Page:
A murderer, but a true Parsi to the end!
It was a hot and sultry afternoon, that 21st day of April, 1844 as Mr. Mancherji Hormuzdiar Chanddaru left the offices of the popular Parsi periodical‘Chabuk’ (lit. Whip) near Gunbow Street in the busy Fort area of Bombay. As he walked down passing the well on the main street and entered a small lane, a group of some Parsi boys suddenly emerged and one of them swiftly unsheathed a long knife and dealt a deadly blow to the gentleman. As he fell down bleeding profusely and died, the boys escaped.
The British rule was at its height in those days and police efficiency was a given, not an exception. Pretty soon, a group of 18 Parsis was arrested and produced before the court of the Chief Justice of Bombay, Sir Henry Roamer on 17th July, 1844. Unlike the trials of today which drag on interminably, the proceedings were swift and eight days later, the jury (India had a Jury system in those days) returned the guilty verdict against ten of the eighteen. The remaining were acquitted. On a mercy application by the jury, the Chief Justice exiled 6 of the ten convicts out of Bombay forever, but sentenced the remaining four to be hanged to death for their role in the murder. British justice was swift, efficient and harsh – to set a good example to the common people and to instil a fear of the law in them.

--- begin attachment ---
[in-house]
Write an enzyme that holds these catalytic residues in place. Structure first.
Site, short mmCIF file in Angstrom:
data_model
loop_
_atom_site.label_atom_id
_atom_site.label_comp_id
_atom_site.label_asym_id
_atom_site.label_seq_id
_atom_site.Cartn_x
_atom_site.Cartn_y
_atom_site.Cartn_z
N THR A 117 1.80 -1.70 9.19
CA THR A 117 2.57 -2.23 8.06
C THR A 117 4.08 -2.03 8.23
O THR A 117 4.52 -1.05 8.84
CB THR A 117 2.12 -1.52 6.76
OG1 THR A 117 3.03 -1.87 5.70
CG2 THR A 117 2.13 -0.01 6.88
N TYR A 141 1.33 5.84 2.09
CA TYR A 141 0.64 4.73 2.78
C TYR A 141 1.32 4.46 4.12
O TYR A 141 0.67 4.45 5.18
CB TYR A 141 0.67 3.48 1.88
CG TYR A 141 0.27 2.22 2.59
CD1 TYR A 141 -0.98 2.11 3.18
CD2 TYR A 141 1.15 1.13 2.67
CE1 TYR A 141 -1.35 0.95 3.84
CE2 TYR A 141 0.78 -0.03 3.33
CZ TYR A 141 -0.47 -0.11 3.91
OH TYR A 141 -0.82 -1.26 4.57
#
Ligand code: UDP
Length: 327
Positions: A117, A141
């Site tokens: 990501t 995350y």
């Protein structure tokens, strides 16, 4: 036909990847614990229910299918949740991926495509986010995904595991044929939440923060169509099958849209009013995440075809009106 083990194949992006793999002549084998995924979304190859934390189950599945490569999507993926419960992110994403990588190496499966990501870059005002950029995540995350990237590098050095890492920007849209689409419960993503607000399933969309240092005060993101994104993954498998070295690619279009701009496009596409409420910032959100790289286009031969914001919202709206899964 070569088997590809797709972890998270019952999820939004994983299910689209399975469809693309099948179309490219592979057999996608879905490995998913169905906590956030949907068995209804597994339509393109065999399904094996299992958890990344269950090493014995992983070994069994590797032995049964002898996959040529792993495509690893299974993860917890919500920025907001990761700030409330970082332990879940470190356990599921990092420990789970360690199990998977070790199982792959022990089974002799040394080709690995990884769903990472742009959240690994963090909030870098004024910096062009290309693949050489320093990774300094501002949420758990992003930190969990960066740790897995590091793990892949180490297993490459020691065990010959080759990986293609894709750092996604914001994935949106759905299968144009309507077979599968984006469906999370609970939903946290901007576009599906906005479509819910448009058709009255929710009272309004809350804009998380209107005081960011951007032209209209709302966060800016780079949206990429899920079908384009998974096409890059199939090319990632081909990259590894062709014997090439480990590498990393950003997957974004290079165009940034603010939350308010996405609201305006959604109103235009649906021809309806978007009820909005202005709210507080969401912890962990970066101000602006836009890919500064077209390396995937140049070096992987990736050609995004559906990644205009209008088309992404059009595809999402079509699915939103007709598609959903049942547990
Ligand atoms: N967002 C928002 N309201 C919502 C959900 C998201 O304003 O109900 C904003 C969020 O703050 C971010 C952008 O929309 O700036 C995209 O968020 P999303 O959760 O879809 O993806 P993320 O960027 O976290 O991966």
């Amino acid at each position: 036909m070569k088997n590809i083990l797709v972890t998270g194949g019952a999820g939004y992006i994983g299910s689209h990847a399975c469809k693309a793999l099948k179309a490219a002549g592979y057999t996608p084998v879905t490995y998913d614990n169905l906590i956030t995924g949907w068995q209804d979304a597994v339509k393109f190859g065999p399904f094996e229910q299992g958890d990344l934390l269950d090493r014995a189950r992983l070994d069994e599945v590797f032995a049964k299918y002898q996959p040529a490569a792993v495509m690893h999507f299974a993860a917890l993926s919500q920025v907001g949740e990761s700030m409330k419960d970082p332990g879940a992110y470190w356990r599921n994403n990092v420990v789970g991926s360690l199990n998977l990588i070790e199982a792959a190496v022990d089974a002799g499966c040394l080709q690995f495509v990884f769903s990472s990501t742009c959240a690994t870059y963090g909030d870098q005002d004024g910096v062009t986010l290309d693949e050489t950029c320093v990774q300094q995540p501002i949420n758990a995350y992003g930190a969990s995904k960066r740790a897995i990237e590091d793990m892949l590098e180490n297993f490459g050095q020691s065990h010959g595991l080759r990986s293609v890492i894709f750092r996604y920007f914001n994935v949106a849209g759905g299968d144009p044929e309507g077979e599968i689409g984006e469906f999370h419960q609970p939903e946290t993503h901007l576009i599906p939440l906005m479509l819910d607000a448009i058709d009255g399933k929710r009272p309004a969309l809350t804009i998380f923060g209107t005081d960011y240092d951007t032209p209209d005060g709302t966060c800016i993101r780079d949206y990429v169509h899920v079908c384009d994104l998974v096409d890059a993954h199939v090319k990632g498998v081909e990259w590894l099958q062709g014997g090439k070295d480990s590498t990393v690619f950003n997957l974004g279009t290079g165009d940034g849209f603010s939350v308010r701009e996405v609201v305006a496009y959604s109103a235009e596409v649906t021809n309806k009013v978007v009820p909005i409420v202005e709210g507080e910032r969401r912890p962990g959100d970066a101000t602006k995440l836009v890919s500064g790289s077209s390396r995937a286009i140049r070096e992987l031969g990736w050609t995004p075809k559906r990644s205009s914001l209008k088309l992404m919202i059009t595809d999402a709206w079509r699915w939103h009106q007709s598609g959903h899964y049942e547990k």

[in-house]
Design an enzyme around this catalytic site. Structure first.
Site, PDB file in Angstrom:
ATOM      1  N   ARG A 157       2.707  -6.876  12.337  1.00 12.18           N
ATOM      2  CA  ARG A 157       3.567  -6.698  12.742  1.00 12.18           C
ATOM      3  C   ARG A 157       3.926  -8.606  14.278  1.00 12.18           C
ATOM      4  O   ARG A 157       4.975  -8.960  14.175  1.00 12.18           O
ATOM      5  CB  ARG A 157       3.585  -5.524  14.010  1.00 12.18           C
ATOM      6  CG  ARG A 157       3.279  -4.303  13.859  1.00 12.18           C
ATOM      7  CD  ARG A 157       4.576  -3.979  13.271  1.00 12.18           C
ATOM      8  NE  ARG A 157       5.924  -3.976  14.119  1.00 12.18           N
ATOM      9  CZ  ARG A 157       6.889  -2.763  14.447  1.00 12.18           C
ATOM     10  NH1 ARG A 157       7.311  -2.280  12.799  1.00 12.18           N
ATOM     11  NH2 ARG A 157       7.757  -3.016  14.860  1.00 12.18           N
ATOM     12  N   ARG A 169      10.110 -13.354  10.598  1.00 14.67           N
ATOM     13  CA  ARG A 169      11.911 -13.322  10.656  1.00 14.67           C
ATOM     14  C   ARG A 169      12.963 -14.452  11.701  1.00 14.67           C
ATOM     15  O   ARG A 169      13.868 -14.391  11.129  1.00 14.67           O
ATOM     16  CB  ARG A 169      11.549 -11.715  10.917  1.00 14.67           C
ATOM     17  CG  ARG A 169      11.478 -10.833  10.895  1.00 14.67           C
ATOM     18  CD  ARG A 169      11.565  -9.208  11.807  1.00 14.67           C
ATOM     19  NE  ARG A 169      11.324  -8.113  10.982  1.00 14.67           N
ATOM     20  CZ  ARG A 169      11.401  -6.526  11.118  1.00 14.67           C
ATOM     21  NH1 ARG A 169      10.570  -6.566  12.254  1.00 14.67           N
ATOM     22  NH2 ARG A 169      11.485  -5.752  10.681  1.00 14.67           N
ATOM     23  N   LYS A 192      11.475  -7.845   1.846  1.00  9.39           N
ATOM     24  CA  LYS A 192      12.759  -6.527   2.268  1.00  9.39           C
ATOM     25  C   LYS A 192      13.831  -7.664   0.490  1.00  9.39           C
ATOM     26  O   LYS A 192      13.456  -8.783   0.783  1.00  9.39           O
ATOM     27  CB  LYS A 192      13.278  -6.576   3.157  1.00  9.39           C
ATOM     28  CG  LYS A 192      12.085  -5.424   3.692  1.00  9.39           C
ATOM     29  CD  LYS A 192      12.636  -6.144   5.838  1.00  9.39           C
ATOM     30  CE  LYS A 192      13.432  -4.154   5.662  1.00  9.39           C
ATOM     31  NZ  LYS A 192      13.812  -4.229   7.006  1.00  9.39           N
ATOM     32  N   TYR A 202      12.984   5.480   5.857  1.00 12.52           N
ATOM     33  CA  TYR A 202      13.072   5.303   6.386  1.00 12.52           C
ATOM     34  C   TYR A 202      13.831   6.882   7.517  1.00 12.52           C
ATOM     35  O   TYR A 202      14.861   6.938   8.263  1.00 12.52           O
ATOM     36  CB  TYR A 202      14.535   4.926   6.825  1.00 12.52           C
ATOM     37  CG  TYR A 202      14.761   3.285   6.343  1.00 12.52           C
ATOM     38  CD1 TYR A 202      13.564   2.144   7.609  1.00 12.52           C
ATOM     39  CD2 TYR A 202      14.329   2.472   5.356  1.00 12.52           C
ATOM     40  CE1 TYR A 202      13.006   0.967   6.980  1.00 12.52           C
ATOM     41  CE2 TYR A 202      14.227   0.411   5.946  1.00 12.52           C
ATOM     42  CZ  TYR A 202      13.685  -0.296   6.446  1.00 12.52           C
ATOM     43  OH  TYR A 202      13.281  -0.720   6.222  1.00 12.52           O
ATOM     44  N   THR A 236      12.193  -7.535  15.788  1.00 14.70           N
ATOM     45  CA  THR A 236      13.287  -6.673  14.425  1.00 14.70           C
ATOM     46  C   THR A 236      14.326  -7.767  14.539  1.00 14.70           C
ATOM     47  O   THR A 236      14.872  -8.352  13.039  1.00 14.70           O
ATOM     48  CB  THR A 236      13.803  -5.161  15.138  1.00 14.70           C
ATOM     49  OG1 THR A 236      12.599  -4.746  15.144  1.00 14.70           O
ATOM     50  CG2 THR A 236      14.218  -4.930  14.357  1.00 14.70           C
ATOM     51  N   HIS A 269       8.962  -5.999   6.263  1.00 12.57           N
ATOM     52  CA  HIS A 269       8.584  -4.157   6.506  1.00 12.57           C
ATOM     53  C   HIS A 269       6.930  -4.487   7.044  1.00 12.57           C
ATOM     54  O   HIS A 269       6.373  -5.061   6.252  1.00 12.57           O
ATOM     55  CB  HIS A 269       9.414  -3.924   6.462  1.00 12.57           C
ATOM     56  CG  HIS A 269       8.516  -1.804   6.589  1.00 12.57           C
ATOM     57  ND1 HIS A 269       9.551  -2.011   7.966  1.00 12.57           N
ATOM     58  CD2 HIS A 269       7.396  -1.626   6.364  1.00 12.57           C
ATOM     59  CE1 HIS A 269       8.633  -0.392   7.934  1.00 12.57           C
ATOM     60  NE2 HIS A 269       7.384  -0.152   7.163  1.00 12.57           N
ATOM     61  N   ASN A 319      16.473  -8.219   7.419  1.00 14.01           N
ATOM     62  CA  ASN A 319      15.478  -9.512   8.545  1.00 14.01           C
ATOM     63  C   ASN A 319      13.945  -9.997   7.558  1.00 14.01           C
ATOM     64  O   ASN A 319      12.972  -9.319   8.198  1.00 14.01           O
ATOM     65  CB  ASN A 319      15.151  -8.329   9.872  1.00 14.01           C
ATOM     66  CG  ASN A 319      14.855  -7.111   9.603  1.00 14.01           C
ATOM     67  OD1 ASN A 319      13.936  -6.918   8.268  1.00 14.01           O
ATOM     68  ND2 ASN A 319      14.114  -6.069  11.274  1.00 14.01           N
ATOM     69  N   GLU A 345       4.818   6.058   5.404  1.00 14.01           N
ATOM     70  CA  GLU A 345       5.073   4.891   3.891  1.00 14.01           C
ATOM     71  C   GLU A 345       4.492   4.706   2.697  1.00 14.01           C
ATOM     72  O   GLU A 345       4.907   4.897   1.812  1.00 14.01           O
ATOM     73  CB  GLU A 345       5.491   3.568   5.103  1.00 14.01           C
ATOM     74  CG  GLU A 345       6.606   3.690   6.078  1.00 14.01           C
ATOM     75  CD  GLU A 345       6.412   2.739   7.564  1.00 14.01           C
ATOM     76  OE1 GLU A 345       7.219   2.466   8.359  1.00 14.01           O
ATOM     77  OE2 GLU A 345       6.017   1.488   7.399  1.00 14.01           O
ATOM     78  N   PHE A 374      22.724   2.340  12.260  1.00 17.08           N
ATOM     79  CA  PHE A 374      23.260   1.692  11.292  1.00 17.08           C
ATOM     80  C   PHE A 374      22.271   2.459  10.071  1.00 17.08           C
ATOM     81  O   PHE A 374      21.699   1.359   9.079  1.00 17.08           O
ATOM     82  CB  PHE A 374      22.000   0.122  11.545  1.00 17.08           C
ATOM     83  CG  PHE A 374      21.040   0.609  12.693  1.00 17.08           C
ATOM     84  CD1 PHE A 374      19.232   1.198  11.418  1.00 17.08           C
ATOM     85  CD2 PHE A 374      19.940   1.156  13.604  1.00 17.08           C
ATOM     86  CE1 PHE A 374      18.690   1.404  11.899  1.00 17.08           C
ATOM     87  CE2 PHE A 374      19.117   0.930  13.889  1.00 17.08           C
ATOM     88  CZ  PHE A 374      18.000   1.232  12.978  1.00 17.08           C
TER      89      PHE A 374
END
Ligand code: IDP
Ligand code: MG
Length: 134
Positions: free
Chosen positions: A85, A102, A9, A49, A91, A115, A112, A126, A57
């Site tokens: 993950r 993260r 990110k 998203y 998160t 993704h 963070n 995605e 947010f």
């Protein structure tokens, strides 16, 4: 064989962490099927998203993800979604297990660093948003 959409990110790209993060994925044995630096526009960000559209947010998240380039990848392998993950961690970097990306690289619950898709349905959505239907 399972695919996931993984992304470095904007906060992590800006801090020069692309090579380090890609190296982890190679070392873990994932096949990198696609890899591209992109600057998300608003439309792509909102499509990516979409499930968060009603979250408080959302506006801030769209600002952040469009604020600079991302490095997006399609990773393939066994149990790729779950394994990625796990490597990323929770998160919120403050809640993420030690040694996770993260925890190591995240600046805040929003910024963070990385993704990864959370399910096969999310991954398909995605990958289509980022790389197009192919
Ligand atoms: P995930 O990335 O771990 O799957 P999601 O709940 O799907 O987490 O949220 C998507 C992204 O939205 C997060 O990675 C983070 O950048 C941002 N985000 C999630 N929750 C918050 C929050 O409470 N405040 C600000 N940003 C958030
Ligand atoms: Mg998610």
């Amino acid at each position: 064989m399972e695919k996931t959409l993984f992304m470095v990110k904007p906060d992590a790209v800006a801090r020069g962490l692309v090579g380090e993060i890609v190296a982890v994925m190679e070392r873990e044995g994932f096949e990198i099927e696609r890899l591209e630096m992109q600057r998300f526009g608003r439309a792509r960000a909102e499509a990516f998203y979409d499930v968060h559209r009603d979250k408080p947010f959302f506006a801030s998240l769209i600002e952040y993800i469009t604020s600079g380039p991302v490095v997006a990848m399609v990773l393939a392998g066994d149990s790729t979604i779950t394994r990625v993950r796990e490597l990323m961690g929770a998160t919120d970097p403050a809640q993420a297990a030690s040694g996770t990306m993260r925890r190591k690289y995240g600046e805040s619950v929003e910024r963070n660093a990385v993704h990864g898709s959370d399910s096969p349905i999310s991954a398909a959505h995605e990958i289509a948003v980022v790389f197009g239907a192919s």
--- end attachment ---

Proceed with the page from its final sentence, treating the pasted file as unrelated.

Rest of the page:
The four Parsis who were sentenced to be hung were Bomanji Hiraji; Burjorji Jamshedji; Limji Edulji and Nusserwan Kavasji. After a few days in the jail as the formalities for carrying out the sentence were being completed, Burjorji Jamshedji called a police official and requested that a magistrate be summoned as he wished to issue a complete confession. In front of the magistrate, Burjorji admitted that he had been the main person responsible for the murder and it was indeed he who had dealt the fatal blow which killed Mancherji. This news spread like wildfire and on 3rd August, 1844 a group of prominent Parsis sent an appeal to the Chief Justice stating that in light of the revised confession of Burjorji, it was necessary to reduce the sentence of the other three, who were mere associates and not truly murderers. Taking a merciful view of the petition, the Chief Justice exiled the three Parsis who were sentenced along with Burjorji out of Bombay, never to be allowed to return, while the death sentence on Burjorji was reaffirmed, to be carried out swiftly at 8 am on 5th August, 1844.